Prison officers in Wrexham and Swansea protest over violence
About 150 prison officers have been protesting outside jails in Wales over "unprecedented violence", the Prison Officers' Association has said.
Almost 100 of the officers were outside HMP Berwyn in Wrexham, the UK's biggest prison, where concerns have been previously raised over safety.
About 50 officers took part in Swansea.
The protests around England and Wales were sparked by an inspection report on HMP Bedford in Bedforshire which found inmates had effectively taken control.
Prison staff are banned from taking industrial action, so holding "protest" meetings in car parks or outside the gates, on the grounds that health and safety is being compromised, is the union's way of trying to circumvent the rules.
Prisons Minister Rory Stewart called the action "irresponsible" and illegal.
One officer protesting outside HMP Berwyn suggested that untrained civilians were now dealing with inmates.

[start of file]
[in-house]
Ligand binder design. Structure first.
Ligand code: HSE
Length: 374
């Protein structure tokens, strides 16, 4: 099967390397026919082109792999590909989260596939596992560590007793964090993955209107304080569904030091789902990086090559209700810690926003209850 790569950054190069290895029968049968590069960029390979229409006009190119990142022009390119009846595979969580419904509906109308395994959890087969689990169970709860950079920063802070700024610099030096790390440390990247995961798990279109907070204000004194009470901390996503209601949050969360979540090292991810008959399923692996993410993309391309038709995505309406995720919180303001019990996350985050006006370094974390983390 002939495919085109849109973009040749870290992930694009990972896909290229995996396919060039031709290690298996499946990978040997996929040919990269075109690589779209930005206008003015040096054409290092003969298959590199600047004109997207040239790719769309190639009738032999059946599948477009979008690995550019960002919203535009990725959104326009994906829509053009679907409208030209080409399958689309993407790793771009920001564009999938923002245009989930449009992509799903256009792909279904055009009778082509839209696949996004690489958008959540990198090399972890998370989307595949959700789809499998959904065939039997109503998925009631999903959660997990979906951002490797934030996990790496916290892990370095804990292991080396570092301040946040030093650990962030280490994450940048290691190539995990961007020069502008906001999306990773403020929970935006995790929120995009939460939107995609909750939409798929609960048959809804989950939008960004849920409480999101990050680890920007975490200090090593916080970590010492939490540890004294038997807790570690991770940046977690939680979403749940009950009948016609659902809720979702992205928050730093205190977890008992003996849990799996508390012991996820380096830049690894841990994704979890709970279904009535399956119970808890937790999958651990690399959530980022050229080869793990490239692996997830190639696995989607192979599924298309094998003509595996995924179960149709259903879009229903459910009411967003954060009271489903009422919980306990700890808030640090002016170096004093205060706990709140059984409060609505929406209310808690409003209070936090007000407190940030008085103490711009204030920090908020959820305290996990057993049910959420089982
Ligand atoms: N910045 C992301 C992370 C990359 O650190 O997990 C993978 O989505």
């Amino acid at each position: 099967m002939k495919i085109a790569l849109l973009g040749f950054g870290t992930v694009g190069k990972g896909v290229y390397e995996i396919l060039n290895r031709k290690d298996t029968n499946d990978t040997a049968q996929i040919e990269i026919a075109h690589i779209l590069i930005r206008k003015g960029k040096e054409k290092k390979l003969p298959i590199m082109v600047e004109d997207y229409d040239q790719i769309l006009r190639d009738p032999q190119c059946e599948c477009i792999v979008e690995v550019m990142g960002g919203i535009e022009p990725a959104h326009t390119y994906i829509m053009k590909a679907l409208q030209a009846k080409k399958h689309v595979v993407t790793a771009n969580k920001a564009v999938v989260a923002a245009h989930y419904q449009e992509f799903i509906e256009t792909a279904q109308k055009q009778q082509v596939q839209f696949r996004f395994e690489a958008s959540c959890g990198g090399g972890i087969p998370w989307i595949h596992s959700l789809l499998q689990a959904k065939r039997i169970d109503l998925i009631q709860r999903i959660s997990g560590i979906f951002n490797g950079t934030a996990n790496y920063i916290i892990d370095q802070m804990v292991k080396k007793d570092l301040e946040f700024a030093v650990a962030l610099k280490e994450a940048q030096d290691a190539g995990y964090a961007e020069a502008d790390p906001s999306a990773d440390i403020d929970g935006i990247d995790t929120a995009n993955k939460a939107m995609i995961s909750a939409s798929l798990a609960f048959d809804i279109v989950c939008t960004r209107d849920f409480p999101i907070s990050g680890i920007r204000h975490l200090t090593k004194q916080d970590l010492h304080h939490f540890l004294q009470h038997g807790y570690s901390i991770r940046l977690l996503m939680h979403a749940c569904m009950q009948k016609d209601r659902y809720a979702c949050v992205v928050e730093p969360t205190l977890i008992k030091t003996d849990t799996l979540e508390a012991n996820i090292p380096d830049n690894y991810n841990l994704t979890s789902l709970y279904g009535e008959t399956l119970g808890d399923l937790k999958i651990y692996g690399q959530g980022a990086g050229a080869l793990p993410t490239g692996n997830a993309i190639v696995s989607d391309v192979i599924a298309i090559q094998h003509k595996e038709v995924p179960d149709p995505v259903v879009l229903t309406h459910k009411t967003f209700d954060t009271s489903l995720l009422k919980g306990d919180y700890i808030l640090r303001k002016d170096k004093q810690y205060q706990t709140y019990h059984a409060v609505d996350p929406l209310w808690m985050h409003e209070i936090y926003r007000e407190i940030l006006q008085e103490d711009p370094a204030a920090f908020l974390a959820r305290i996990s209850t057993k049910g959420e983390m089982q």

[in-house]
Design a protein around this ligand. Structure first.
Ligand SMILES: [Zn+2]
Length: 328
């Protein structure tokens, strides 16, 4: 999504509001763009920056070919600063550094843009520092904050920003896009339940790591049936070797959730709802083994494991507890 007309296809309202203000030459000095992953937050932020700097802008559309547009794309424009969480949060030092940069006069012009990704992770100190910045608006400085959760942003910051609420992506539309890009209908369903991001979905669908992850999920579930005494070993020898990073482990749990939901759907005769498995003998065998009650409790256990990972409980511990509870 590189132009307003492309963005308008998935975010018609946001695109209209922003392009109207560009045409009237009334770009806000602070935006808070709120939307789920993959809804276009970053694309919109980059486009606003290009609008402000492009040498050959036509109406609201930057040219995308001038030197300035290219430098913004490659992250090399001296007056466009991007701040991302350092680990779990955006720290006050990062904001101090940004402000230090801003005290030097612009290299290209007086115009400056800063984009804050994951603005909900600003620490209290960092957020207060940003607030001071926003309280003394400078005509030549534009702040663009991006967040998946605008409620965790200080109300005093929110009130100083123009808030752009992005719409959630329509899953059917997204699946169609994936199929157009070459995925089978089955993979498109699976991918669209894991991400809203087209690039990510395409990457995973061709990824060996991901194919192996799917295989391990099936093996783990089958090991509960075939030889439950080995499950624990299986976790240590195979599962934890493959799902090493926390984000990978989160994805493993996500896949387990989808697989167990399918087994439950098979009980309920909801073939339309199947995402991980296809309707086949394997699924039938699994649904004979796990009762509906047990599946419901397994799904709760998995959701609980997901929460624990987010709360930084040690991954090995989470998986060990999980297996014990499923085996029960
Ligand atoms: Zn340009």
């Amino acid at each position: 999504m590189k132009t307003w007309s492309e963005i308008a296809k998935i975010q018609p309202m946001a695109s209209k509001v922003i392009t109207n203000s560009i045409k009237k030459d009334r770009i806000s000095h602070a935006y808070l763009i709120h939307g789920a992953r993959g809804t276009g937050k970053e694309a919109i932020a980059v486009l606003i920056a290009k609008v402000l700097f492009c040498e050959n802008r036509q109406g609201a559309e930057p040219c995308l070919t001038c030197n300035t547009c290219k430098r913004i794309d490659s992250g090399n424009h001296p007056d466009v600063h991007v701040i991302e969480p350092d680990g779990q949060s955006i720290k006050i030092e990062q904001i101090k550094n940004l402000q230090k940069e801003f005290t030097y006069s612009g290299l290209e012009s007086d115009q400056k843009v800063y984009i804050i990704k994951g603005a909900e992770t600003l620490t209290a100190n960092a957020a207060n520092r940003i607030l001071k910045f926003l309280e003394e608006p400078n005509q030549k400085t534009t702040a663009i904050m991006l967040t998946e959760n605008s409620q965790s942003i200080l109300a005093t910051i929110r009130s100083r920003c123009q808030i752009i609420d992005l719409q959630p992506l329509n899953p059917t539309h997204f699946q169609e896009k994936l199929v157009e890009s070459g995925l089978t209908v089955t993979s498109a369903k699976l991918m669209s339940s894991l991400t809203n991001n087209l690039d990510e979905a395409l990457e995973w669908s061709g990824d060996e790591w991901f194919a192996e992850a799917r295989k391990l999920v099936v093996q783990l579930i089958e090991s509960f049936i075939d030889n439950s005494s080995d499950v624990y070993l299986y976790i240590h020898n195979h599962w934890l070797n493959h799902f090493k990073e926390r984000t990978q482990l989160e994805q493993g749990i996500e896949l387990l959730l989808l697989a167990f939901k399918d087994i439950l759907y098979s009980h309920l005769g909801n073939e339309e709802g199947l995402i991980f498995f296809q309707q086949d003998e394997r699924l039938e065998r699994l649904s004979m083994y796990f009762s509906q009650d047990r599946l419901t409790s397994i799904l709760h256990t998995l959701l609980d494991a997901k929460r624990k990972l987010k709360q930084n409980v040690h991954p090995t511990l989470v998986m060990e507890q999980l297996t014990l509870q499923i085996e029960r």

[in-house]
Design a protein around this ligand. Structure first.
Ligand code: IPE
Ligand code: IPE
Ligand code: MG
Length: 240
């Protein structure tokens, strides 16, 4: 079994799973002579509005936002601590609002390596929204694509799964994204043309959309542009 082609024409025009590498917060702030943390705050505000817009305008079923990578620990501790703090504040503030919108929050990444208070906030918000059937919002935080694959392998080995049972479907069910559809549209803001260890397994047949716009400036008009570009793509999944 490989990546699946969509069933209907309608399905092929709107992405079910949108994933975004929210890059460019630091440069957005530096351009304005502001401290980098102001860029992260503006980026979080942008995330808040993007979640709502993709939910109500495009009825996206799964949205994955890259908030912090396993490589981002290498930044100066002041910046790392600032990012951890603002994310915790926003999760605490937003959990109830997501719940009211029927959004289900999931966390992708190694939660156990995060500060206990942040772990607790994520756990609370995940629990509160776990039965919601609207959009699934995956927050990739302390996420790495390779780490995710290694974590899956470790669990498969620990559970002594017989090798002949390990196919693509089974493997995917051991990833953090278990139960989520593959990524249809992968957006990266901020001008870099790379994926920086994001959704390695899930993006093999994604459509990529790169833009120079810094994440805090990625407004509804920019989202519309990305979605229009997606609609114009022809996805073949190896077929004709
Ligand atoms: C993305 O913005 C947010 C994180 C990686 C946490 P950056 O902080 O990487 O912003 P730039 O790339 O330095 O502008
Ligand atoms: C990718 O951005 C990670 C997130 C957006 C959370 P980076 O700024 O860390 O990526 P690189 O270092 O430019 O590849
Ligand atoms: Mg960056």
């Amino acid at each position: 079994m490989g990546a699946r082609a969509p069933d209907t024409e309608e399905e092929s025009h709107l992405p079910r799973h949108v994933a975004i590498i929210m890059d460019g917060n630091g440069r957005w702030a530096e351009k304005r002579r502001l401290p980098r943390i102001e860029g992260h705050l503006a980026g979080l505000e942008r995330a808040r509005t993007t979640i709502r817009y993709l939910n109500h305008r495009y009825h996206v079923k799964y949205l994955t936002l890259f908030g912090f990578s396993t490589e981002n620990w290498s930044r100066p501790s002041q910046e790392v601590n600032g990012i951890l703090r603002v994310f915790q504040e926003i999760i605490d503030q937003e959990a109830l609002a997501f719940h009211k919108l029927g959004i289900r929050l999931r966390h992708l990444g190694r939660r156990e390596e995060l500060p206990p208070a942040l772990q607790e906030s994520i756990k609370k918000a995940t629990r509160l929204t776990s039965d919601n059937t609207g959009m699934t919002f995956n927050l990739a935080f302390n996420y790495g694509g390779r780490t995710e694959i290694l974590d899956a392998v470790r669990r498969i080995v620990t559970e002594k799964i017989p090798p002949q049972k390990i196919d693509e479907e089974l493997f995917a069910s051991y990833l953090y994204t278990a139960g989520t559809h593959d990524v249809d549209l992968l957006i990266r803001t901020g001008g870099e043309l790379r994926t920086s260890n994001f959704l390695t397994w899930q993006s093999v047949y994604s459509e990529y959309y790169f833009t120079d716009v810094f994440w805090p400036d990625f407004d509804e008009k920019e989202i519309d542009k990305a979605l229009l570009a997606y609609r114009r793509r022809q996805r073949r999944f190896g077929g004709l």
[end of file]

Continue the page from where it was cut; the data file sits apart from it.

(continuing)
This was refuted by the Ministry of Justice, which said contingency plans were in place to keep inmates safe and secure.
While the main protest surrounds the findings at HMP Bedford, issues have been raised at Berwyn where prison officers previously walked out following claims of a "series of assaults" on staff, including being pushed down stairs and spat on.
On Thursday, Rhondda MP Chris Bryant told Parliament he was unhappy assaults on prison officers did not always result in a prosecution, as his bill to protect emergency service workers became law.
It doubles the maximum sentence for attacks on police, NHS employees and others from six months to a year.